At the Denver Art Museum more goes on than meets the eye. Most of the art you see has been through many processes to be cleaned and made to look better. We talked to Gina Laurin, a Senior Objects Conservator, about what she does. Ms.Laurin said that she works with three-dimensional textiles.
She told us about the pieces she was working on. One of the pieces was a red french coat, just finished. We learned that the coat was the kind of coat that a man in the king’s court would wear, maybe a duke. The coat has been put to many tests to return its original beauty. However, Laurin isn’t restoring the coat, just making it look more presentable. The coat dates back to the 1750s.
Another one of Laurin’s projects is a dancing mask worn by native tribes in Nigeria. The mask is made of many different fabrics sewn together. It is worn over the head and has a woven textile area to breathe through. After it is put on there is a wooden monkey head to balance on the dancer’s head.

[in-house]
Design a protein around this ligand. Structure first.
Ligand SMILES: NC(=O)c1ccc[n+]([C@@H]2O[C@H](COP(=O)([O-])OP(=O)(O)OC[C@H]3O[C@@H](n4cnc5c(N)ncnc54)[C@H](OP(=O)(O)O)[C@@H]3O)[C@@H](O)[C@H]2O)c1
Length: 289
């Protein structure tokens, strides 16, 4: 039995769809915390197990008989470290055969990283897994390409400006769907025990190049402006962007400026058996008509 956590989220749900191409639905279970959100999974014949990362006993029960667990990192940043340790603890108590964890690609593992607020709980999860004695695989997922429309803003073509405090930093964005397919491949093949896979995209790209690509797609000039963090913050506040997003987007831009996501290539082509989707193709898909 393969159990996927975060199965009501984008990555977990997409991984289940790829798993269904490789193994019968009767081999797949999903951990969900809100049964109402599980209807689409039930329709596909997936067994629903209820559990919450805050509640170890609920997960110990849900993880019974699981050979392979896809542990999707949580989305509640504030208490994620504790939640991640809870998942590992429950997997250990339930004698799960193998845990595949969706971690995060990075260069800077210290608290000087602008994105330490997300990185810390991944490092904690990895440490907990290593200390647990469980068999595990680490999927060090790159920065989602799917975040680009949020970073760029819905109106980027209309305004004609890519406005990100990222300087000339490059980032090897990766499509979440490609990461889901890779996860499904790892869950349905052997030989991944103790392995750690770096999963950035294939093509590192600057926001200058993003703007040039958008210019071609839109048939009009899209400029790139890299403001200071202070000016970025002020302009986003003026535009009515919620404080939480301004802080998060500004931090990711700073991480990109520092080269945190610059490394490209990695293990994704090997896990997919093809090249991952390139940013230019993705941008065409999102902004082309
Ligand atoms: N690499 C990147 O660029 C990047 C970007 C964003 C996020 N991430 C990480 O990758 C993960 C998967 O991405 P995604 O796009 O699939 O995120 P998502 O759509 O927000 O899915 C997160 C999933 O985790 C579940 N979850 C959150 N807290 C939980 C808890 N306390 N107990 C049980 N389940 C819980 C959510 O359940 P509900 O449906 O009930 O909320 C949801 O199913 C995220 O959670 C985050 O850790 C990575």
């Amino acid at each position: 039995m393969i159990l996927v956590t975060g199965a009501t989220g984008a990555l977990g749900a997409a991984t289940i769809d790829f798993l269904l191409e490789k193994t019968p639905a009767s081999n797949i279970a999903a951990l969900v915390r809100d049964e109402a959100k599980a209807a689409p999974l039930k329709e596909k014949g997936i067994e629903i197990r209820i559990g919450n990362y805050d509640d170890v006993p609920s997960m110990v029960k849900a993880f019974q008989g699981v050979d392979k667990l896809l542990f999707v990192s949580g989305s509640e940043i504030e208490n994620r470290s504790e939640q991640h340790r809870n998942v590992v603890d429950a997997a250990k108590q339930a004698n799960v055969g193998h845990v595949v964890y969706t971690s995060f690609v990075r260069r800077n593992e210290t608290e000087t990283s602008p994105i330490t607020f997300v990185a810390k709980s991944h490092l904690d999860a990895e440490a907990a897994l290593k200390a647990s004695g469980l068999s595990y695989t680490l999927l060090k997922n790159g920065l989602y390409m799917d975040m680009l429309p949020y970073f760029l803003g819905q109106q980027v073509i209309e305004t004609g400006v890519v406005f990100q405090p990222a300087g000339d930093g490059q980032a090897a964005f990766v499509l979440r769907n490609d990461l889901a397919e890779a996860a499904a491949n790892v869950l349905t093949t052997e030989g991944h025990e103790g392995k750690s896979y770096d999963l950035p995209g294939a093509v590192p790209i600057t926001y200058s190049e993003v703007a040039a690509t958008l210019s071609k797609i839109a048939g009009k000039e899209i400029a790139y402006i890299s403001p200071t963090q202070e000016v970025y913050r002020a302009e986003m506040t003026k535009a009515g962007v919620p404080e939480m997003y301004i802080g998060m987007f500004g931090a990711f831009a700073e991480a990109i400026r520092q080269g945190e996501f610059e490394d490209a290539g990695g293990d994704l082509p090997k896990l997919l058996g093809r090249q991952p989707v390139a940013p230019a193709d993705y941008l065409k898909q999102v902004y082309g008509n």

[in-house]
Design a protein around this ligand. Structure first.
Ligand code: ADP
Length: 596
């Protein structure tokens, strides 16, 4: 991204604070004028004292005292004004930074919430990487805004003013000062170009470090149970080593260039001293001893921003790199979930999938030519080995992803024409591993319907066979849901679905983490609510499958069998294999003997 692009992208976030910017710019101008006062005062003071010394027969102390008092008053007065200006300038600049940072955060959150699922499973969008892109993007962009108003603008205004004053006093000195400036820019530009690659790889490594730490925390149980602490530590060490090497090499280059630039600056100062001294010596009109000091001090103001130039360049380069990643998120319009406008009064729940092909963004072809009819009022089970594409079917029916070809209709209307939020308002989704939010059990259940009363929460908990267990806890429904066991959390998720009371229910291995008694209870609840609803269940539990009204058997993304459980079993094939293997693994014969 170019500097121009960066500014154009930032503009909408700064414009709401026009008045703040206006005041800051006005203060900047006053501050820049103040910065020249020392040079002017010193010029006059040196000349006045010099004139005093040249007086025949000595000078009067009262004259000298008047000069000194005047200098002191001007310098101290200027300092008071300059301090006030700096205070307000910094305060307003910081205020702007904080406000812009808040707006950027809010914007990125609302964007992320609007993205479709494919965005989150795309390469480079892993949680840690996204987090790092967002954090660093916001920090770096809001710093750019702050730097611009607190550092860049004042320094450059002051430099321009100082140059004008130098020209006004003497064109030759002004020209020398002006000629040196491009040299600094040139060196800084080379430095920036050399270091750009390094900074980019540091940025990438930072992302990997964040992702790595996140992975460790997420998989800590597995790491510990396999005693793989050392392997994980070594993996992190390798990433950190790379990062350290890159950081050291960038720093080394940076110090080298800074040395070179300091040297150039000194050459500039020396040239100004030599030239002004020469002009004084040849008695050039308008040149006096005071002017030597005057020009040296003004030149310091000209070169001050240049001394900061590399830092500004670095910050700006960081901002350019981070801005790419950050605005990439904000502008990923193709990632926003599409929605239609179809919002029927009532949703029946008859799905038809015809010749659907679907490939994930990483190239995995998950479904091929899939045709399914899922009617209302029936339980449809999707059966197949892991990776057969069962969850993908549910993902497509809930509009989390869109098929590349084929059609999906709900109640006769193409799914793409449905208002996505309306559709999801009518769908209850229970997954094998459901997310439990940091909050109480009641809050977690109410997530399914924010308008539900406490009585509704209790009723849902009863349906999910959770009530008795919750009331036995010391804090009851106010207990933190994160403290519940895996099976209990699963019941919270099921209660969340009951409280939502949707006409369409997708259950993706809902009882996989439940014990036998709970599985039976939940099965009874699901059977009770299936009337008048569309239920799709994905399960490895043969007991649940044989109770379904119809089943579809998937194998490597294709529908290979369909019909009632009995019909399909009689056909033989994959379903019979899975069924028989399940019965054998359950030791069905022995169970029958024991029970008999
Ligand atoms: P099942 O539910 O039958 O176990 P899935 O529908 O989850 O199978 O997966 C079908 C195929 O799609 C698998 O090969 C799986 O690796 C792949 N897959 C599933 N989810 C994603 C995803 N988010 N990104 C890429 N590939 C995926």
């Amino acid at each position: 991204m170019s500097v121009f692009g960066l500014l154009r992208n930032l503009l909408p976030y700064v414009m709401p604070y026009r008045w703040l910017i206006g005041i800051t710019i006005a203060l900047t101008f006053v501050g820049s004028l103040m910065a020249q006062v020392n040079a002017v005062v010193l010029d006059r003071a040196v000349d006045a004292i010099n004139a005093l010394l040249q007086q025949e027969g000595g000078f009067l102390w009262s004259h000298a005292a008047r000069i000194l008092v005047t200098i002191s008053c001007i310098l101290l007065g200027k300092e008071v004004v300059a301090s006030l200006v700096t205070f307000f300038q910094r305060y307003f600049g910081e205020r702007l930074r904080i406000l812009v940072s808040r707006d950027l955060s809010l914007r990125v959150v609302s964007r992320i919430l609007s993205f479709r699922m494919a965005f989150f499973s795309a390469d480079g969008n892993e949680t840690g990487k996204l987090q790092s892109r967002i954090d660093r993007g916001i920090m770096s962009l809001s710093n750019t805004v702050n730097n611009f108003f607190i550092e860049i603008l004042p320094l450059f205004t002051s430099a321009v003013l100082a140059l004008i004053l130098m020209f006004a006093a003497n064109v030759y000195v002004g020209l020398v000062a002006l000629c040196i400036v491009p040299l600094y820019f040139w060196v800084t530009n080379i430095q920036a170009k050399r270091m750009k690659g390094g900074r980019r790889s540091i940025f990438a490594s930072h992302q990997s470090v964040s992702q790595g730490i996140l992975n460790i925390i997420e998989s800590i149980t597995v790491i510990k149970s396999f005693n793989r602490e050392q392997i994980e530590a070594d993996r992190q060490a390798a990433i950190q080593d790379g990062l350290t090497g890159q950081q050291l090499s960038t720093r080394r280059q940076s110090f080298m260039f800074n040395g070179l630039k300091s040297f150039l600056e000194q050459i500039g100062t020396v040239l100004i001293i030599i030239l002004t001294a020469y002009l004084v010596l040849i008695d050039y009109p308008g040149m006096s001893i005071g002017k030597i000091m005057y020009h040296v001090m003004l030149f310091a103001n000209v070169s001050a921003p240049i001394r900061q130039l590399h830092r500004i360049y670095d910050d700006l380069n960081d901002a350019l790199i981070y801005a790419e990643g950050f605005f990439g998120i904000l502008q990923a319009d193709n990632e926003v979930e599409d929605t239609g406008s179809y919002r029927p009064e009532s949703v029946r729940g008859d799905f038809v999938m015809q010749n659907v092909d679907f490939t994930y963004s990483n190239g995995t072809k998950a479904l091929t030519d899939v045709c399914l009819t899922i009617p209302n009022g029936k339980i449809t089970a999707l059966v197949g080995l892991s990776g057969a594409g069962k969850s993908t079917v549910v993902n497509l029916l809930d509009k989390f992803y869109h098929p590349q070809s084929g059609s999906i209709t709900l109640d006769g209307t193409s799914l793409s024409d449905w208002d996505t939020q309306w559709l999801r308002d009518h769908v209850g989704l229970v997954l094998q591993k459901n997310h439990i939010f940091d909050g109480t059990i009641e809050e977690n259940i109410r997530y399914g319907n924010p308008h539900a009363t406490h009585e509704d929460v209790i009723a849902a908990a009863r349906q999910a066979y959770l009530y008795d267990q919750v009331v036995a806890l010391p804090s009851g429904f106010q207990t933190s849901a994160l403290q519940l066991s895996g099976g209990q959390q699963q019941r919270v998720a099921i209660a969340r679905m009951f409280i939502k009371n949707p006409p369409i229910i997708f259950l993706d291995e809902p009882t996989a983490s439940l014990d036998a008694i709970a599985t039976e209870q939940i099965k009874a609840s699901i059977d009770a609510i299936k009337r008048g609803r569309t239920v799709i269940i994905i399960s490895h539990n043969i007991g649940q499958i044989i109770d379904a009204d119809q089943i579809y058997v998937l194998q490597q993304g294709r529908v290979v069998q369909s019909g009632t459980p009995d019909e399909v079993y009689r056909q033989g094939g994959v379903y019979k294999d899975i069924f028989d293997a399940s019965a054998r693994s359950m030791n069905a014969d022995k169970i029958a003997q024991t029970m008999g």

Laurin uses lots of different tools on the job, many of them doctor’s or dentist’s tools. Laurin showed us the tools in Lab 1. There were sponges, brushes, q-tips/swab-sticks, solvents, dental tools, scalpels, and treatments. All objects that come into the lab must be frozen, to kill the bugs on the textiles without using pesticides. Most objects also get a dry clean which is basically a dusting. “…I am a doctor of the arts, I use the same tools,” laughs Laurin.